This sky is a professional
on loan from East Anglia
or some other official region
with its own BBC News
and school of landscape art.
All afternoon it has sucked
the shadows from under our feet
up into its black yawn,
suspending us in air so thick
it might contain the grindings
of another non-league town
as mild and brickish as our own.
Splashes now land like hot kisses
tasting of stale meat and steel.
the first drops fritter onto laurels
in globs and splats and rills
over butts and pots and sills.
Retirees flee into conservatories,
stricken as citizens of Gomorrah,
with pails and copies of The Mail
rolled into truth truncheons
against the great wet reckoning.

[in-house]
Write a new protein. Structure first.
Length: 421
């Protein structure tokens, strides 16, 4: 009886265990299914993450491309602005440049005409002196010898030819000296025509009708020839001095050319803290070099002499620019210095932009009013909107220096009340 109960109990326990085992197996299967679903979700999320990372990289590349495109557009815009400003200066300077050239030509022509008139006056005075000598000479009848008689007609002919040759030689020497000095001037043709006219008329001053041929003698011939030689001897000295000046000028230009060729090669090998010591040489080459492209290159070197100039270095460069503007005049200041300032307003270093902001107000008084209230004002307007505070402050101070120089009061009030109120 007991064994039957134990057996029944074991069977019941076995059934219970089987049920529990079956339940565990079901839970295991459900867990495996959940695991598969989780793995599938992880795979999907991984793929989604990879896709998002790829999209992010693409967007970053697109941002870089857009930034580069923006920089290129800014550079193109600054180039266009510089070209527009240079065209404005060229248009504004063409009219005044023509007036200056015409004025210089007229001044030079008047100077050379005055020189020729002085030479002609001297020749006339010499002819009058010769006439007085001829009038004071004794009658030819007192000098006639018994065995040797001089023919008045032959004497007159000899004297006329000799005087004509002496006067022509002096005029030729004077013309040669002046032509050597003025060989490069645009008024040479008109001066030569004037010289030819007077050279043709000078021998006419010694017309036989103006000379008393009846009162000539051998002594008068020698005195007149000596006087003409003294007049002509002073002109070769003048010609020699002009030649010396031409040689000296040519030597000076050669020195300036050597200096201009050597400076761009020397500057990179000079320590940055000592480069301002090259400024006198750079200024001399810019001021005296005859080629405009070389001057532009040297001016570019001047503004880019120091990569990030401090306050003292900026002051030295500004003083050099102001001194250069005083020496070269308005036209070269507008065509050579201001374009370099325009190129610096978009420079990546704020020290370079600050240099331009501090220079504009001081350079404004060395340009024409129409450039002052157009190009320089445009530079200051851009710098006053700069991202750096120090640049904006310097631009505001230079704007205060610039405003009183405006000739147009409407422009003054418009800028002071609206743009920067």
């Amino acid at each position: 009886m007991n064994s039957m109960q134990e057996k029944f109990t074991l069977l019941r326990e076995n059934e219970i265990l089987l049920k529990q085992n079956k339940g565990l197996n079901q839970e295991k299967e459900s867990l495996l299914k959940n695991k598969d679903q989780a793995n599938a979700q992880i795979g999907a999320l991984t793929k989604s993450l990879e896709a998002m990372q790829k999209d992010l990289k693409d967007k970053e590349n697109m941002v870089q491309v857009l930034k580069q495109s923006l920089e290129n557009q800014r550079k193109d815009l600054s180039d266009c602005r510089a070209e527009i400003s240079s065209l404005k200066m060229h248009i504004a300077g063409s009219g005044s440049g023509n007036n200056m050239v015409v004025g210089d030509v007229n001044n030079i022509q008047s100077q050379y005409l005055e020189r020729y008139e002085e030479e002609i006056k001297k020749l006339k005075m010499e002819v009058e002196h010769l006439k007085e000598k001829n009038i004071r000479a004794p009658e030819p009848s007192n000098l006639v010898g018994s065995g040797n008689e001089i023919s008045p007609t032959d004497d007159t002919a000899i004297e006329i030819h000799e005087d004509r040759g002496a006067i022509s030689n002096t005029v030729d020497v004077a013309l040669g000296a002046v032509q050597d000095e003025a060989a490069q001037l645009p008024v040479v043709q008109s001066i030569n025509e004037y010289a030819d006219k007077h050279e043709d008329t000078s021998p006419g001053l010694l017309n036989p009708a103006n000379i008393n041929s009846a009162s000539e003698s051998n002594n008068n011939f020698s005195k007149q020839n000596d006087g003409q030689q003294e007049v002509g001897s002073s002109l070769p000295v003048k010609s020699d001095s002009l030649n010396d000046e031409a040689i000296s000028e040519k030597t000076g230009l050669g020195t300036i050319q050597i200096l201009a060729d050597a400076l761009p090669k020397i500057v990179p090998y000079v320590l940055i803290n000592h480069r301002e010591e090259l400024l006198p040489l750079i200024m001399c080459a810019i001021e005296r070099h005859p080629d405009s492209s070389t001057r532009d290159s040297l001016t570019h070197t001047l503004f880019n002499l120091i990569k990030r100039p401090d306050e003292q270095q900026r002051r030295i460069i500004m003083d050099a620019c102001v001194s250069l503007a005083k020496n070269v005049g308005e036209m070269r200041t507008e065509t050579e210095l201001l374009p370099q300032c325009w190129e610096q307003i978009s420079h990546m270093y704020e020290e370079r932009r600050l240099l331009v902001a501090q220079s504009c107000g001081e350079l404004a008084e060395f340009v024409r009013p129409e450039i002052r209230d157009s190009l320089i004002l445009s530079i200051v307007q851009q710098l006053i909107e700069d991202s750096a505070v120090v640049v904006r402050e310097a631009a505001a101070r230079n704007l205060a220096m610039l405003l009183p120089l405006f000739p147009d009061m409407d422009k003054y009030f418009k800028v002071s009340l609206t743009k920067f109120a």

Civilians stand ceremoniously
under hammered bus shelters
still as Britain’s many rain dead
while hoody loons turn cartwheels
in Wicksteed Park, ditch-giddy.
All the kids wish to be tumbling fish
wondering if we were Eskimos
how many words we’d give to this.
Just as suddenly the artillery stops.
New mud rises, blinks from drains.
The guttering of Kettering breathes.
Its honeysuckle declares world peace.
Runner-up in the 2015 Wells Literature Festival Prize